This handout is in addition to the 3.8 billion dollars that the US is giving Israel in military aid for ten years. And that’s not all, because there are lots of cherries and a great deal of cream on that aid cake. Israel can use 26% of US military aid to purchase equipment from Israeli manufacturers. According to the Congressional Research Service, “no other recipient of US military assistance has been granted this benefit.” In Israel, what goes around, comes around, just as it does, in a very different fashion, in Palestine.
The effects of Trump’s vicious punishment of Palestinians, wholeheartedly endorsed by the US Congress, which is unconditional in its support of Israel, was much regretted by all those of merciful and humanitarian inclination, and especially by the Relief Agency, whose spokesperson said “this decision is likely to have a devastating impact on the lives of 526,000 children who receive a daily education from UNRWA; 3.5 million sick people who come to our clinics for medical care; 1.7 million food insecure people who receive assistance from us, and tens of thousands of vulnerable women, children and disabled refugees who come to us.”
There are going to be countless thousands of young Palestinians who will be gravely affected by this callous, vindictive and totally unnecessary ruling. And this brings us to what is probably going to be the longest-term and most hideous effect of the Trump anti-Palestinian, pro-Israel policy.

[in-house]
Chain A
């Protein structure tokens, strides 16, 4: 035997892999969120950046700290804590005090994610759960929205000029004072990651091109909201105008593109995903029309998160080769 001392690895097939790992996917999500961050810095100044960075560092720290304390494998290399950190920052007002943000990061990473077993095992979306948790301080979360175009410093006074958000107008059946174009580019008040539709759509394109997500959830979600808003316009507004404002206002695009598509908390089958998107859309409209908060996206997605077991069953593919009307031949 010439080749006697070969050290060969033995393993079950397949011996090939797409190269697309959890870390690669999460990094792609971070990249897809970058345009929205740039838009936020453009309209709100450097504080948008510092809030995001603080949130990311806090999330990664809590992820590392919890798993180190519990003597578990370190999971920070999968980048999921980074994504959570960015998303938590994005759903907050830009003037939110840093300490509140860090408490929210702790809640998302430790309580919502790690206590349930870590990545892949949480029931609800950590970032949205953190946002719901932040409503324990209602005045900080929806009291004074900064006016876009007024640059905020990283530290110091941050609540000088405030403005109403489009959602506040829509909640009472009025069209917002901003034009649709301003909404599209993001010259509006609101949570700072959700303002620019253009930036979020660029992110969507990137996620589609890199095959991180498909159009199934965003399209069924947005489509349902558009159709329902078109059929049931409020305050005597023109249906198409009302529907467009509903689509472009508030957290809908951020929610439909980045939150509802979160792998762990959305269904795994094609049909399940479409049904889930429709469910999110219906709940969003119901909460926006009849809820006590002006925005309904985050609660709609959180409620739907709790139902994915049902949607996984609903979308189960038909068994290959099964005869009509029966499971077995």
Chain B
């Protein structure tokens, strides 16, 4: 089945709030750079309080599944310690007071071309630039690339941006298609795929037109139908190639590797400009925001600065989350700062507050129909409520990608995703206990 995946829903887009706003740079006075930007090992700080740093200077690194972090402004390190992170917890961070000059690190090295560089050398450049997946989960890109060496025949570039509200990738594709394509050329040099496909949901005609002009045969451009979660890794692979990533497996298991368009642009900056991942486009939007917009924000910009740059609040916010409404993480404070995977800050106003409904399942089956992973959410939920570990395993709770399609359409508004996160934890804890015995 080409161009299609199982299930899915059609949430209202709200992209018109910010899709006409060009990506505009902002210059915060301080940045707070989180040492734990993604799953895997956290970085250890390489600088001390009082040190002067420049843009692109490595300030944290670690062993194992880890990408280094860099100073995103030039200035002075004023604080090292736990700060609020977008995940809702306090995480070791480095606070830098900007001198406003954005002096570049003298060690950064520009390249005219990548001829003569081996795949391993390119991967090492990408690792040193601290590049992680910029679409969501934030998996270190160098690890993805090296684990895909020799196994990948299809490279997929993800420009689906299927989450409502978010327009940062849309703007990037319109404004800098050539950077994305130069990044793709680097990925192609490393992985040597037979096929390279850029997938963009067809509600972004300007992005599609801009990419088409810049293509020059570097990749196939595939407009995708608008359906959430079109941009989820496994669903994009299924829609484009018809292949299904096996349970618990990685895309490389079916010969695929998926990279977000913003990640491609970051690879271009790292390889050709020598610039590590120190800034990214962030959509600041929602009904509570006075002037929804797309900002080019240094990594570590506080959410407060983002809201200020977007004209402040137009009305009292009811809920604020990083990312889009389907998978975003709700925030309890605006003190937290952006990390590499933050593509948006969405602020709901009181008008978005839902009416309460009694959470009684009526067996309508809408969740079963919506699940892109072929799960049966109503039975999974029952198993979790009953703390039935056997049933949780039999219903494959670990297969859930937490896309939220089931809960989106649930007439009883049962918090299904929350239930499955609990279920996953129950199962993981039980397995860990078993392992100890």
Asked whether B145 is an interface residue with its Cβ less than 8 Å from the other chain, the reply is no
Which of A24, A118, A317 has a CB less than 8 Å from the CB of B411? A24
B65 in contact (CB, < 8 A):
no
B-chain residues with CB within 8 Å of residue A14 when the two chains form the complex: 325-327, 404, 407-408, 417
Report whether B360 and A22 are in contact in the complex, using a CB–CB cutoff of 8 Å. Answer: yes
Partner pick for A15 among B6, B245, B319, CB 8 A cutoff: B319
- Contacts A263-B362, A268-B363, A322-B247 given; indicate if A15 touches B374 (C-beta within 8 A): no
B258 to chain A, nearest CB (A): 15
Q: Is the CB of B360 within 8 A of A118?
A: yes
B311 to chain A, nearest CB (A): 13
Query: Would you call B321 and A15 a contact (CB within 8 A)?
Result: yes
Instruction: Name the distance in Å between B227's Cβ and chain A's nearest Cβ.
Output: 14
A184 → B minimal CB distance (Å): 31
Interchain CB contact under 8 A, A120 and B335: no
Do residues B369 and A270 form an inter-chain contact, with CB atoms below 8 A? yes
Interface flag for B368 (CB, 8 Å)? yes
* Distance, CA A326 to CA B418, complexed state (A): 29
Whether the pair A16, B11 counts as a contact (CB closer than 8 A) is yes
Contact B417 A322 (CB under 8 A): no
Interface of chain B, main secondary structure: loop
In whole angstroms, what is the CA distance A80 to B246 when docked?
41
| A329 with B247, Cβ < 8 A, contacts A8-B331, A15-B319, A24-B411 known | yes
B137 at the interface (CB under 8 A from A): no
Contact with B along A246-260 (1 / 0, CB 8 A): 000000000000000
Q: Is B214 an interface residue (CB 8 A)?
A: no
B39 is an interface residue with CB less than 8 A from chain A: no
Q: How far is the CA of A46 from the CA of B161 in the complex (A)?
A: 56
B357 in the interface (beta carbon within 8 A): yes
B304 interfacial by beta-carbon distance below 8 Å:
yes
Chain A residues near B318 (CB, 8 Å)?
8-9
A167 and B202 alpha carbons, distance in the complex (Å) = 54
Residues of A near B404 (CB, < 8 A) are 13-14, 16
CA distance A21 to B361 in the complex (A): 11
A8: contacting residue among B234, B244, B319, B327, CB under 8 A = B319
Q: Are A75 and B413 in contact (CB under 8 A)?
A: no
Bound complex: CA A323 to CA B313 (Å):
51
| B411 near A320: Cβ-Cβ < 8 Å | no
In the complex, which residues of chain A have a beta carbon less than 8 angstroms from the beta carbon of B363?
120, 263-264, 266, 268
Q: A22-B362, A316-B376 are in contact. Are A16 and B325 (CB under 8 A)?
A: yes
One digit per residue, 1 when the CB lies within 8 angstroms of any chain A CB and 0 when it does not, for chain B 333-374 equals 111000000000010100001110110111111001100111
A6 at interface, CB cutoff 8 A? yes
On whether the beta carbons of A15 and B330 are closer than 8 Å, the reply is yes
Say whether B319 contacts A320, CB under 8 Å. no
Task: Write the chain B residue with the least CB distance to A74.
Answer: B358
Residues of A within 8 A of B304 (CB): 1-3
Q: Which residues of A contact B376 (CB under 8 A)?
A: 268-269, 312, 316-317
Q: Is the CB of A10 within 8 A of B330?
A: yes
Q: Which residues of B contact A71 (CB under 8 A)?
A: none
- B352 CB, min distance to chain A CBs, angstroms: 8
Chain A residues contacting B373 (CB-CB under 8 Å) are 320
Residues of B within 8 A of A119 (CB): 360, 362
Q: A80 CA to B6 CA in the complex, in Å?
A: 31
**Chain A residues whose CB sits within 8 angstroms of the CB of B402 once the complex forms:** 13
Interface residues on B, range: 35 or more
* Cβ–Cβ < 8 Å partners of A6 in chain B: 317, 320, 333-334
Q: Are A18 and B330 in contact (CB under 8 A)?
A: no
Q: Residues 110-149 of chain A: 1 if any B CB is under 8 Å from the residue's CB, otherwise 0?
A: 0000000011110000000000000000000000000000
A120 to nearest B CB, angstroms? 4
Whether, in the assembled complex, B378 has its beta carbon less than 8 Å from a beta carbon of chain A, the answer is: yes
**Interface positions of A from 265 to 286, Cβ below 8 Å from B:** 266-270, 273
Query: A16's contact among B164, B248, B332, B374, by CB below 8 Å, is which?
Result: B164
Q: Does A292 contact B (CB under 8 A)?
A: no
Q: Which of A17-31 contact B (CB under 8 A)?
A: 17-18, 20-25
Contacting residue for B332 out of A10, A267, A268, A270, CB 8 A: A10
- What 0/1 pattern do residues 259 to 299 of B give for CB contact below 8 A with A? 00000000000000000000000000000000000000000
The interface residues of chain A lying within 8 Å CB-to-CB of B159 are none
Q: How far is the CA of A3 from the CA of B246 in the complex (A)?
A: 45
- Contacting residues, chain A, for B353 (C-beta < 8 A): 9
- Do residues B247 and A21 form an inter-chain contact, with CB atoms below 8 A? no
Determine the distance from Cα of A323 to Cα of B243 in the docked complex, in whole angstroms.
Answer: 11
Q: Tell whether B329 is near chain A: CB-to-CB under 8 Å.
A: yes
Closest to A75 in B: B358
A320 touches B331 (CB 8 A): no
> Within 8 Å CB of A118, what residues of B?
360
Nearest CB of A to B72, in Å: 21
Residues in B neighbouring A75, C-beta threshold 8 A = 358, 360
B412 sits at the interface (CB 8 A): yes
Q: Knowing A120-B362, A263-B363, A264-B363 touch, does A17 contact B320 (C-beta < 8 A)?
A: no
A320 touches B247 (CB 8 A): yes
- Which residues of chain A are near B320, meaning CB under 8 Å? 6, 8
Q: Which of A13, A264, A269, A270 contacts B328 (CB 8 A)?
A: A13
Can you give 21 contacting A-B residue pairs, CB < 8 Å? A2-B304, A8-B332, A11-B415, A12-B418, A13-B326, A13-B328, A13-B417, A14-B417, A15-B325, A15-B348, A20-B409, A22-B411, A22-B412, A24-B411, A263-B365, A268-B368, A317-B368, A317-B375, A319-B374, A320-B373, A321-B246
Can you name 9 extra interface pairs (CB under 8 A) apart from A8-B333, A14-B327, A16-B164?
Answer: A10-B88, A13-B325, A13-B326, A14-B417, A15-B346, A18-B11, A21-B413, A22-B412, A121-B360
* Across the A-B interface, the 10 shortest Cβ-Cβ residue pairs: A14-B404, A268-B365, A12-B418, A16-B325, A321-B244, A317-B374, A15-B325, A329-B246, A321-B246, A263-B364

Place yourself in the body, in the mind, of a clever teenage Palestinian boy. Try to imagine what he might feel about the United States of America. Is he going to regard the US as a benevolent democracy that exercises compassionate guidance throughout the world?
Of course he’s not. He is going to loathe Trump and America and every American with a profound, unrelenting, everlasting hatred that could well find release explosively, in all meanings of the word.
There he is, a thin, malnourished, ill-clad, intelligent Palestinian young man whose ambition is limited entirely by what he sees in the world around him. He sees life stretching before him in a confined line dictated by malevolent outsiders. He sees little ahead but poverty and persecution. His people are downtrodden, and he has experienced nothing but suffering in his entire life, so far. The lure of revenge by terror must beckon with compelling attraction.
The young Palestinian has seen and will continue to see demolition of Palestinian villages by the Israeli army in order to build condo-blocks for Israeli settlers; if he lives in Gaza he will have witnessed the slaughter of 152 unarmed Palestinians by the Israeli army; he will have seen thousands of his compatriots wounded by Israeli army gunmen; and he will know well that “across the Gaza Strip, psychological trauma, poverty and environmental degradation have had a negative impact on residents’ physical and mental health; many, including children, suffer from anxiety, distress and depression.”
And many feel anger. Anger at their Israeli oppressors, and anger at the United States. What Trump and Washington do not realise is that they could win over the Palestinians and remove or at least diminish their hatred of everything that is American by behaving in a reasonable manner. Simple recognition of their right to their lands, combined with expressions of understanding and compassion, would at least initiate an approach to tranquillity, as well as benefitting millions of utterly blameless Palestinians. But of much more importance, it would remove the anger that one of these days is most probably going to result in a terrorist strike of catastrophic proportions.